Drugs is such a broad term. I think psychotropic drugs, particularly hallucinogens and empathogens, will continue to influence culture through the arts and even the sciences. A feature of potentially mind-expanding drugs like LSD and magic mushrooms is that they can offer a non-ordinary perspective of existence and our place in it. For me a society without a segment of the population using these drugs is in trouble because it would no longer be able to access core spiritual experiences or be able to explore and consider alternate models of reality. These types of drugs act as deconditioning agents critical to fighting the imposition of tradition and dogma. They can stimulate creativity in outlook and interpretational options. They offer a control to examine the madness that is forced upon us by society and culture. There is a reason why societies that restrict religious and artistic freedom typically oppose any drug use, even alcohol, and come down hard on drug users. Hallucinogenic drugs are the most powerful tools we have against big brother/ totalitarian societies and religious dogma. They can initiate the mental deconditioning that precedes change.

Having said that, I think these drugs should be regulated. They should not be available to minors and only be used by adults under the proper controlled settings, ideally after having read books or listened to lectures relating to the history, psychotropic effects and reports of experiences of these drugs. Set and setting, as was emphasized by Timothy Leary, is a critical aspect to safe use and benefiting from these drugs. An ideal situation would be centers for taking these drugs that offered the safety, support and enriched or sensory-deprived environments for exploring different areas of mind.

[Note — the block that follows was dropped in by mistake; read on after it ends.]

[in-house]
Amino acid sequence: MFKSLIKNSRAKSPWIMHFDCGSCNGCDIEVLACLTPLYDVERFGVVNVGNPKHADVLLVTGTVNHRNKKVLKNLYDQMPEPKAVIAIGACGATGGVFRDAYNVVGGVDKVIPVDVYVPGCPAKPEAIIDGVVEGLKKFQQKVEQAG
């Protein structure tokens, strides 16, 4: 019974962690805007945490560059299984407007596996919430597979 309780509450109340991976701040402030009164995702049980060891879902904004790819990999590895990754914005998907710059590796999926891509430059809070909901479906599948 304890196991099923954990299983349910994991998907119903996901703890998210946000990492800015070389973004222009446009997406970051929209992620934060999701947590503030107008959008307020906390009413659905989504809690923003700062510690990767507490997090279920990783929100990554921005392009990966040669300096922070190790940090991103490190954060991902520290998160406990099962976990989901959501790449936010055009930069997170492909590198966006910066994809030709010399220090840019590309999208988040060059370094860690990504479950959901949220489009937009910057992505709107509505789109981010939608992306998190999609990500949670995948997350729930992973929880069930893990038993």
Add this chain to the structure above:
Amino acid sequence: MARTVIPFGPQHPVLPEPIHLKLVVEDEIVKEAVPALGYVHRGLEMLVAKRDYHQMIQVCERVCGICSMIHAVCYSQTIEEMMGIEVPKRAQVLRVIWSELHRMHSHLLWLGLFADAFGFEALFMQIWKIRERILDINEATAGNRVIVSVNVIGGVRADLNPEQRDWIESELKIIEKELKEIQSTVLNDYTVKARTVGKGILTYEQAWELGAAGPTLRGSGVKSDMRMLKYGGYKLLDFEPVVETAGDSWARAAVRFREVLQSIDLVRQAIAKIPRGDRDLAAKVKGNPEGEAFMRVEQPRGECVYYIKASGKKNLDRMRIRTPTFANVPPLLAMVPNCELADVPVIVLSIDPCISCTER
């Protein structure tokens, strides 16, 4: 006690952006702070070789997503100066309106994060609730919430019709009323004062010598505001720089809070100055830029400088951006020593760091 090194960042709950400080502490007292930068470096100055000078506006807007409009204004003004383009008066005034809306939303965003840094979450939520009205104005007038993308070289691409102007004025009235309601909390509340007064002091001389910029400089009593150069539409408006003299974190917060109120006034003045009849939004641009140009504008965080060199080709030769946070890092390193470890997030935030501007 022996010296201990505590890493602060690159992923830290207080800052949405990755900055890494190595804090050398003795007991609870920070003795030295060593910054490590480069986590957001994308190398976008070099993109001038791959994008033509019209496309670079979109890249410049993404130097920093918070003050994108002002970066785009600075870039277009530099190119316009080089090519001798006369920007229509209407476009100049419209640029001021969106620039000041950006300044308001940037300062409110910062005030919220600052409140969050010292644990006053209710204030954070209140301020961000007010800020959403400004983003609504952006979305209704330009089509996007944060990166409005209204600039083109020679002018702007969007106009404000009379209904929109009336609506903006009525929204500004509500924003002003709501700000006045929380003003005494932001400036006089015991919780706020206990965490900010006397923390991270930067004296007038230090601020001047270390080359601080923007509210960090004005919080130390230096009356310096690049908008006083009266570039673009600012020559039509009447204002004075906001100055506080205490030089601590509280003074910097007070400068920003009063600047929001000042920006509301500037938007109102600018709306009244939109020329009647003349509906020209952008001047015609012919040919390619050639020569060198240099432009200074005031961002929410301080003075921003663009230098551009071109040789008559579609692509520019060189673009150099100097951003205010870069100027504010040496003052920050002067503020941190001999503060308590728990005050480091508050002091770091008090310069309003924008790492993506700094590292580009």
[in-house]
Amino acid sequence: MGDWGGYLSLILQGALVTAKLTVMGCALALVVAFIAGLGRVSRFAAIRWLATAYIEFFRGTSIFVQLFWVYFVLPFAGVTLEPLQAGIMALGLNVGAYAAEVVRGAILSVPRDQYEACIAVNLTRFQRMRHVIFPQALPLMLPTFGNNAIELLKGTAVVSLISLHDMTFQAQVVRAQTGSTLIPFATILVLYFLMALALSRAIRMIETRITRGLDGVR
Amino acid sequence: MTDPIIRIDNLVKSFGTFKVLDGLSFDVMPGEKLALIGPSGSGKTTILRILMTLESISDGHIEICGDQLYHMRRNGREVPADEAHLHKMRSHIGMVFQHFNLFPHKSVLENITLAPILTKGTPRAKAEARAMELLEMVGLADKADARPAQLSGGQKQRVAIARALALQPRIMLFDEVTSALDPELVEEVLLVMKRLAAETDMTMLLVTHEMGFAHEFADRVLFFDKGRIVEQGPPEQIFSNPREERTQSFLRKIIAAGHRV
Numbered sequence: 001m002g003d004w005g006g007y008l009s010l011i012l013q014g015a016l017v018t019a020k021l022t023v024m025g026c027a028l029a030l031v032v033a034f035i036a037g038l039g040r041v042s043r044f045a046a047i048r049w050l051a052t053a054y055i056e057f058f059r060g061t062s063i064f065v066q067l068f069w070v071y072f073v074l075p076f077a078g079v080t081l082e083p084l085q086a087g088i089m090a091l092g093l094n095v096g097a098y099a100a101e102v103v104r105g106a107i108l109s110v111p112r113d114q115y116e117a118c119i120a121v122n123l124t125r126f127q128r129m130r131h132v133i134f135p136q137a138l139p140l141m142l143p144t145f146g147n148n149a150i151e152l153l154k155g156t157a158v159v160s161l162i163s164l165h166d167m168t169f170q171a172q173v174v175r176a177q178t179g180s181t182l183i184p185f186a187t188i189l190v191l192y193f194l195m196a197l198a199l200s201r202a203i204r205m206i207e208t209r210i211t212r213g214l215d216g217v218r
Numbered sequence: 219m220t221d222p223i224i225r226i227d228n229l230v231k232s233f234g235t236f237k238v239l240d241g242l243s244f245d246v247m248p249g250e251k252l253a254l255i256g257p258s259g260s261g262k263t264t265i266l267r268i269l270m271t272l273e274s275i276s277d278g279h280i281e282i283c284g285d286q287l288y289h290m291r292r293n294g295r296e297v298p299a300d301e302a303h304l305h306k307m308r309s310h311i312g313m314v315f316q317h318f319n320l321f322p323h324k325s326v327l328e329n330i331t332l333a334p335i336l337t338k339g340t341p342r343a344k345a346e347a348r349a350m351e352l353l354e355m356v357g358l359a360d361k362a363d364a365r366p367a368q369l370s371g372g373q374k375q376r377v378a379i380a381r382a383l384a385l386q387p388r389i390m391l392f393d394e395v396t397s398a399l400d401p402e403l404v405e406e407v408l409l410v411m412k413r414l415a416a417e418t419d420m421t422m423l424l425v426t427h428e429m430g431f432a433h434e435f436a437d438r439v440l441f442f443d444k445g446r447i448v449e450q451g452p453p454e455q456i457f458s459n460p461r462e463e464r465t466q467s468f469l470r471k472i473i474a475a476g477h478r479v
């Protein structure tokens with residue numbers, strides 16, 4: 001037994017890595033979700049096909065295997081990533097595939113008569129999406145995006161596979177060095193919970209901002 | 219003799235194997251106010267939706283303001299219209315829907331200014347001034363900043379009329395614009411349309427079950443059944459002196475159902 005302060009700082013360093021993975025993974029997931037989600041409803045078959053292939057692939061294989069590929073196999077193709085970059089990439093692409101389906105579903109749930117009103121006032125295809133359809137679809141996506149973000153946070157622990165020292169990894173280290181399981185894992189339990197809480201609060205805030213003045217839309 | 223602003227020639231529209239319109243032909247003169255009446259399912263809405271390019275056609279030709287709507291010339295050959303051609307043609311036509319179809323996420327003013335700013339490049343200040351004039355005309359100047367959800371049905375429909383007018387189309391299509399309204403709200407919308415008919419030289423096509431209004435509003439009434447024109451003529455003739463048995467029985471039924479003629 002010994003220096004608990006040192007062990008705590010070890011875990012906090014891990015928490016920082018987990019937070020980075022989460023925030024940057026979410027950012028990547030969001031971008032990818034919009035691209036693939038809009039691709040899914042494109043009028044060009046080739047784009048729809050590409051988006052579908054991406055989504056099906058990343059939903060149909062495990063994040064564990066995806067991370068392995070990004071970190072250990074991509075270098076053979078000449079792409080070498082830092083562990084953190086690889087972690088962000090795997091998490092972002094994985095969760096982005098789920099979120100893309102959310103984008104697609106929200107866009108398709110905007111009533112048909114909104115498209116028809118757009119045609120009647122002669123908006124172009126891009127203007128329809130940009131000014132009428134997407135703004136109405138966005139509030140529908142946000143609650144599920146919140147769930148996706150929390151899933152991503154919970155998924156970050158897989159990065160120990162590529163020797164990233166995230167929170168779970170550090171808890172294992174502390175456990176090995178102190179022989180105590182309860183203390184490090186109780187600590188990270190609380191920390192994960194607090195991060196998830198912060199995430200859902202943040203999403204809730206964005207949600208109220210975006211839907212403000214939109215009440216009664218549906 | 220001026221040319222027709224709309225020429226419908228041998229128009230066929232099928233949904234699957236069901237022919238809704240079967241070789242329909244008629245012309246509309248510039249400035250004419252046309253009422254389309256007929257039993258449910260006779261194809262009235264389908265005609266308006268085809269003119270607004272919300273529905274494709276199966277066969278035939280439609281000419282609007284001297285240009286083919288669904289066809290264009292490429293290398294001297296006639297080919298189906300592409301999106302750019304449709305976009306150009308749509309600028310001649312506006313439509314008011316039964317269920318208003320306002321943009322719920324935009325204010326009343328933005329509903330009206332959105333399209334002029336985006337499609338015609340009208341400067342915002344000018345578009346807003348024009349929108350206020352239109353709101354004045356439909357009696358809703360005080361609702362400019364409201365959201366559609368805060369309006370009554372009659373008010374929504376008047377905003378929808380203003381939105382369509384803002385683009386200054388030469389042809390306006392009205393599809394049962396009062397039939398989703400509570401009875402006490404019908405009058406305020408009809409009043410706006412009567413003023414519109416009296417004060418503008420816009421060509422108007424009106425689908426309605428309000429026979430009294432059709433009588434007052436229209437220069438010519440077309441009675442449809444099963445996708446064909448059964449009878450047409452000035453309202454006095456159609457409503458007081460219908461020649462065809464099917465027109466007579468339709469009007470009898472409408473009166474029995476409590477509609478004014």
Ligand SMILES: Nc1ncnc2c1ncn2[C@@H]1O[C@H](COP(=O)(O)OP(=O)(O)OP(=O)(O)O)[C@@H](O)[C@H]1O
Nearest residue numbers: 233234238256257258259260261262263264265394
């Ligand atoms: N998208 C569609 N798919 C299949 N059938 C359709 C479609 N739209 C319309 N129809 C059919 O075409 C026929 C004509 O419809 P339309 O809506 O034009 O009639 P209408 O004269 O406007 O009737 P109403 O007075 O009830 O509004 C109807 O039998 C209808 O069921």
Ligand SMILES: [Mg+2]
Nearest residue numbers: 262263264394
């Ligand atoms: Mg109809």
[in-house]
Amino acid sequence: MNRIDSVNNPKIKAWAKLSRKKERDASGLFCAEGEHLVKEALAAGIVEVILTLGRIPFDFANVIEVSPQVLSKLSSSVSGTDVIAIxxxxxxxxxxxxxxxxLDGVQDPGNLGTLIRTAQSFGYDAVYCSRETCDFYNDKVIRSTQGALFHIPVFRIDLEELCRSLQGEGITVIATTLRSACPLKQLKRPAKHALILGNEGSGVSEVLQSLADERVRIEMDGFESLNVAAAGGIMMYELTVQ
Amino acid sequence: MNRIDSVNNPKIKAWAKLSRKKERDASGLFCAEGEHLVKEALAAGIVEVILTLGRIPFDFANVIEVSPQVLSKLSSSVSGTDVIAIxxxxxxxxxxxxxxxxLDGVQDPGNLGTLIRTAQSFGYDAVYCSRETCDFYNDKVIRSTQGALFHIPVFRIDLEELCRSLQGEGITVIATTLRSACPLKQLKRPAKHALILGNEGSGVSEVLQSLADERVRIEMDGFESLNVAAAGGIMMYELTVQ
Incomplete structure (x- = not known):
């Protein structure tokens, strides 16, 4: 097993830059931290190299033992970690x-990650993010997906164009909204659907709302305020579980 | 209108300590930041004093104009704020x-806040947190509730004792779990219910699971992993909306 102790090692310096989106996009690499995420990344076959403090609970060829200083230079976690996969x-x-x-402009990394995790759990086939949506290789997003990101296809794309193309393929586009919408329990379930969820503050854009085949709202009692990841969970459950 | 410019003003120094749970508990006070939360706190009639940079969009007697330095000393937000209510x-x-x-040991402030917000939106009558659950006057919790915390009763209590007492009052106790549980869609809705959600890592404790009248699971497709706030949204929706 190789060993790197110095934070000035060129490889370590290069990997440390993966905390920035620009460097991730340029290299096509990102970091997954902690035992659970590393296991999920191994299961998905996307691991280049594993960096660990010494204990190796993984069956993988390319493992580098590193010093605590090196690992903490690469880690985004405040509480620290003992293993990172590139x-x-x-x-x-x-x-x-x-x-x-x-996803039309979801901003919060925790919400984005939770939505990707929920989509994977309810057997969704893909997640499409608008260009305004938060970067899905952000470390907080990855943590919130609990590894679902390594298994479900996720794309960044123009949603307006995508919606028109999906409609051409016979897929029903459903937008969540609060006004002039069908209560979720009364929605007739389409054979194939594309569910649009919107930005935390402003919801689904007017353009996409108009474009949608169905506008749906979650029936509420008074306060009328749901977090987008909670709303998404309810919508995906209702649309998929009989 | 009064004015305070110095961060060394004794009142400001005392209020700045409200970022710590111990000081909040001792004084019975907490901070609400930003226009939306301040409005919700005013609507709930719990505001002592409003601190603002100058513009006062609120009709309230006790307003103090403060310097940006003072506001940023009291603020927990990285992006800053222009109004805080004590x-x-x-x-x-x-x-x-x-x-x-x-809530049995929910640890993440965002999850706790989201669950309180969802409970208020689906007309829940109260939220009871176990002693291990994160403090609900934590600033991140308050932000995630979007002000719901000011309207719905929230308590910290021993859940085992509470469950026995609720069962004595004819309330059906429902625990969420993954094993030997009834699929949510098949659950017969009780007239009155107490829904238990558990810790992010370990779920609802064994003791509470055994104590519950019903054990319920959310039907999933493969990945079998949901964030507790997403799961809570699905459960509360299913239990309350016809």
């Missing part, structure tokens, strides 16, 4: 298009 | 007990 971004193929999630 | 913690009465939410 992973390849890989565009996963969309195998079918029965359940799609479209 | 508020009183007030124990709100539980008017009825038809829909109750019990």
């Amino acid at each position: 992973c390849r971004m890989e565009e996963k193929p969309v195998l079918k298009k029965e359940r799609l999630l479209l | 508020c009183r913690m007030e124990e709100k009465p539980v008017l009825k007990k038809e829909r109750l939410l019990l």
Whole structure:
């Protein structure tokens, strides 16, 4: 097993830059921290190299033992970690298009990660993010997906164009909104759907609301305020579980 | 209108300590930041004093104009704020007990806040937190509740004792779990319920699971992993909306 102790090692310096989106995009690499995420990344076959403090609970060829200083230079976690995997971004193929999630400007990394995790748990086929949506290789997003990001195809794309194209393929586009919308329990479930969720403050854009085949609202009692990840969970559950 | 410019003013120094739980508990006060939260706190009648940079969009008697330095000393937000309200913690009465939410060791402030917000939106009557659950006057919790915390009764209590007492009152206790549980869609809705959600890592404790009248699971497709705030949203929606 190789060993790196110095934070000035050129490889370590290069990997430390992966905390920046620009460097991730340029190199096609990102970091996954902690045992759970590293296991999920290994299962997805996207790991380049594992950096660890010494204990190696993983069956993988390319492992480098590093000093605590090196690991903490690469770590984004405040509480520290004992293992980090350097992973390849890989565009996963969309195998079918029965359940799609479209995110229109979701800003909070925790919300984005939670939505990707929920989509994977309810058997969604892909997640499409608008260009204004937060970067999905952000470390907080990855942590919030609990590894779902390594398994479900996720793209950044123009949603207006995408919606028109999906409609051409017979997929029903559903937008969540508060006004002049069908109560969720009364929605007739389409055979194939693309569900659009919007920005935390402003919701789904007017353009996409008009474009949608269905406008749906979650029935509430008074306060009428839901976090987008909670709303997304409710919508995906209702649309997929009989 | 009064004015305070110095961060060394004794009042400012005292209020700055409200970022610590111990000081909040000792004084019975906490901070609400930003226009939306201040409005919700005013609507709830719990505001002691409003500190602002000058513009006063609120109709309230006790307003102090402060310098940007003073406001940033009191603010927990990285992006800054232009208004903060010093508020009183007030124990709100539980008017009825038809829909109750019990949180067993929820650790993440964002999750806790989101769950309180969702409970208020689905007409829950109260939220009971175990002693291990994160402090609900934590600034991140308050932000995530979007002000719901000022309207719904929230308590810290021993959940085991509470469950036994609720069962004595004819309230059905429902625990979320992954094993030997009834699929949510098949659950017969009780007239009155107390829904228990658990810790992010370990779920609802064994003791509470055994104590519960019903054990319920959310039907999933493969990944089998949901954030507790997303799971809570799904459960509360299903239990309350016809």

Don’t you think some forms of mental illness or spiritual practices allow for these experiences.

The majority of hallucinogens and empathogens drugs are non-addictive and the experiences triggered have a definite onset and end. So there is a clear reference to and from ordinary reality for most people. Mental illness usually does not allow the detached states that allow one to clearly distinguish these boundaries of experience and interpretation. Mind you, no matter how sane you are, you will experience under these drugs states where the distinctions get blurred but with some training you learn to maintain a certain detachment because you have the knowledge they are transitory and you will return to a more grounded level.

But besides that, new engineered drugs with more defined effects will likely also become available in the future.

Like Instant?


Derek is a strange character, penis obsessed, a woman hater and a religious nut. Why did you create such a character?